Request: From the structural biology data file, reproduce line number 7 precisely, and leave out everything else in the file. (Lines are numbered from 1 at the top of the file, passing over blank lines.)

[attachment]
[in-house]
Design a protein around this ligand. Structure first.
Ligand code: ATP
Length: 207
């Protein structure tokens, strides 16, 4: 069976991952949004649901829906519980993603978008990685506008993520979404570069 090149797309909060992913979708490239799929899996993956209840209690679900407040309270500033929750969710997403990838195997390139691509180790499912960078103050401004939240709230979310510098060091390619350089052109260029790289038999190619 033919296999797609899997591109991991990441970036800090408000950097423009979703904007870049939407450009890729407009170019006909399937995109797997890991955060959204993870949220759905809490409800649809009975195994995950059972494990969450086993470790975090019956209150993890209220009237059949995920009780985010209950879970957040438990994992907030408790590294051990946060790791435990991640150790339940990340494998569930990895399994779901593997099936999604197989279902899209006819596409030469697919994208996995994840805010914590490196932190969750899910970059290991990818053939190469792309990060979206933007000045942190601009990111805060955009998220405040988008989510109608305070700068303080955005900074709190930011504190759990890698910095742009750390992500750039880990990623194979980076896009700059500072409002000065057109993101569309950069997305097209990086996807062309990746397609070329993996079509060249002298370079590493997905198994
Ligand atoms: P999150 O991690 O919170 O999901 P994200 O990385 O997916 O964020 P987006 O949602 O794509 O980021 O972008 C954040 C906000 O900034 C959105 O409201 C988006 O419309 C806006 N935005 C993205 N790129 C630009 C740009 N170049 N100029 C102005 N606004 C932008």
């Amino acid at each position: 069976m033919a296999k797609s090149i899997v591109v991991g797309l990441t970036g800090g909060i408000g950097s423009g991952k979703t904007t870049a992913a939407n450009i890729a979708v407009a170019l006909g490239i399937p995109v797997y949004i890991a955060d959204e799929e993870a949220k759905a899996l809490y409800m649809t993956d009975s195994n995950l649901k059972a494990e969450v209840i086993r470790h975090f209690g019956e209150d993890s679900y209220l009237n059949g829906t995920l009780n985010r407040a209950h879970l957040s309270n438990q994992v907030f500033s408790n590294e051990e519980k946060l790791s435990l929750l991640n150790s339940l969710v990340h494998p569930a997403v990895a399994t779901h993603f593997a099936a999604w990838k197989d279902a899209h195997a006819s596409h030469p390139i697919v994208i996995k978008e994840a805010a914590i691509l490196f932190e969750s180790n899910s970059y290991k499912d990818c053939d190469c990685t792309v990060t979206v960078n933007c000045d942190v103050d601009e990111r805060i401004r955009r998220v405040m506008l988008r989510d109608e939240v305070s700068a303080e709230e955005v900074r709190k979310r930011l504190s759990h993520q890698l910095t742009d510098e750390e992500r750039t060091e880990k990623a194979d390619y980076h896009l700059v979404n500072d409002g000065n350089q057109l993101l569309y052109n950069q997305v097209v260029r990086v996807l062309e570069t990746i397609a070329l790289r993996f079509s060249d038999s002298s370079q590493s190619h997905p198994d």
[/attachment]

């Amino acid at each position: 069976m033919a296999k797609s090149i899997v591109v991991g797309l990441t970036g800090g909060i408000g950097s423009g991952k979703t904007t870049a992913a939407n450009i890729a979708v407009a170019l006909g490239i399937p995109v797997y949004i890991a955060d959204e799929e993870a949220k759905a899996l809490y409800m649809t993956d009975s195994n995950l649901k059972a494990e969450v209840i086993r470790h975090f209690g019956e209150d993890s679900y209220l009237n059949g829906t995920l009780n985010r407040a209950h879970l957040s309270n438990q994992v907030f500033s408790n590294e051990e519980k946060l790791s435990l929750l991640n150790s339940l969710v990340h494998p569930a997403v990895a399994t779901h993603f593997a099936a999604w990838k197989d279902a899209h195997a006819s596409h030469p390139i697919v994208i996995k978008e994840a805010a914590i691509l490196f932190e969750s180790n899910s970059y290991k499912d990818c053939d190469c990685t792309v990060t979206v960078n933007c000045d942190v103050d601009e990111r805060i401004r955009r998220v405040m506008l988008r989510d109608e939240v305070s700068a303080e709230e955005v900074r709190k979310r930011l504190s759990h993520q890698l910095t742009d510098e750390e992500r750039t060091e880990k990623a194979d390619y980076h896009l700059v979404n500072d409002g000065n350089q057109l993101l569309y052109n950069q997305v097209v260029r990086v996807l062309e570069t990746i397609a070329l790289r993996f079509s060249d038999s002298s370079q590493s190619h997905p198994d």